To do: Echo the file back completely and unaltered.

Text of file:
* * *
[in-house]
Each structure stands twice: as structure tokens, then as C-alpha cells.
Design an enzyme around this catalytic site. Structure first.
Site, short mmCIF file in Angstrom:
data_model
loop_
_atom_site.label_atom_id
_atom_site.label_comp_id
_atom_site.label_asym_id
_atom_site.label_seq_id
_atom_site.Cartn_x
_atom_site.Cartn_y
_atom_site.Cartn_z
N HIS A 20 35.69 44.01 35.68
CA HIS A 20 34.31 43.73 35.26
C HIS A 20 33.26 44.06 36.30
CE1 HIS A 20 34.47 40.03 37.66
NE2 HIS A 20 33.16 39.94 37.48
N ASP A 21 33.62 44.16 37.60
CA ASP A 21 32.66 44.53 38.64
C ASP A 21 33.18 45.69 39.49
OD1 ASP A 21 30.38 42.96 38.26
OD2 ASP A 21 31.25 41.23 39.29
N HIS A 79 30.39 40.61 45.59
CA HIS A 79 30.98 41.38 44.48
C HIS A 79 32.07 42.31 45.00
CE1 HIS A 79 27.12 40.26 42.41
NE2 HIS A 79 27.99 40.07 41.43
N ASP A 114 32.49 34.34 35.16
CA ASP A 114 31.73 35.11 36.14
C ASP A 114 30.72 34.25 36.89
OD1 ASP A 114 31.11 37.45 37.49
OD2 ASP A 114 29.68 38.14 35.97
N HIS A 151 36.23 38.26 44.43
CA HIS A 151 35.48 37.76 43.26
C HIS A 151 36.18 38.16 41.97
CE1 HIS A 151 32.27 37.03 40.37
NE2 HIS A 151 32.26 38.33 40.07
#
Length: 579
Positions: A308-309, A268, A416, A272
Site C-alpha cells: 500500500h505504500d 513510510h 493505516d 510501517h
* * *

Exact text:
[in-house]
Each structure stands twice: as structure tokens, then as C-alpha cells.
Design an enzyme around this catalytic site. Structure first.
Site, short mmCIF file in Angstrom:
data_model
loop_
_atom_site.label_atom_id
_atom_site.label_comp_id
_atom_site.label_asym_id
_atom_site.label_seq_id
_atom_site.Cartn_x
_atom_site.Cartn_y
_atom_site.Cartn_z
N HIS A 20 35.69 44.01 35.68
CA HIS A 20 34.31 43.73 35.26
C HIS A 20 33.26 44.06 36.30
CE1 HIS A 20 34.47 40.03 37.66
NE2 HIS A 20 33.16 39.94 37.48
N ASP A 21 33.62 44.16 37.60
CA ASP A 21 32.66 44.53 38.64
C ASP A 21 33.18 45.69 39.49
OD1 ASP A 21 30.38 42.96 38.26
OD2 ASP A 21 31.25 41.23 39.29
N HIS A 79 30.39 40.61 45.59
CA HIS A 79 30.98 41.38 44.48
C HIS A 79 32.07 42.31 45.00
CE1 HIS A 79 27.12 40.26 42.41
NE2 HIS A 79 27.99 40.07 41.43
N ASP A 114 32.49 34.34 35.16
CA ASP A 114 31.73 35.11 36.14
C ASP A 114 30.72 34.25 36.89
OD1 ASP A 114 31.11 37.45 37.49
OD2 ASP A 114 29.68 38.14 35.97
N HIS A 151 36.23 38.26 44.43
CA HIS A 151 35.48 37.76 43.26
C HIS A 151 36.18 38.16 41.97
CE1 HIS A 151 32.27 37.03 40.37
NE2 HIS A 151 32.26 38.33 40.07
#
Length: 579
Positions: A308-309, A268, A416, A272
Site C-alpha cells: 500500500h505504500d 513510510h 493505516d 510501517h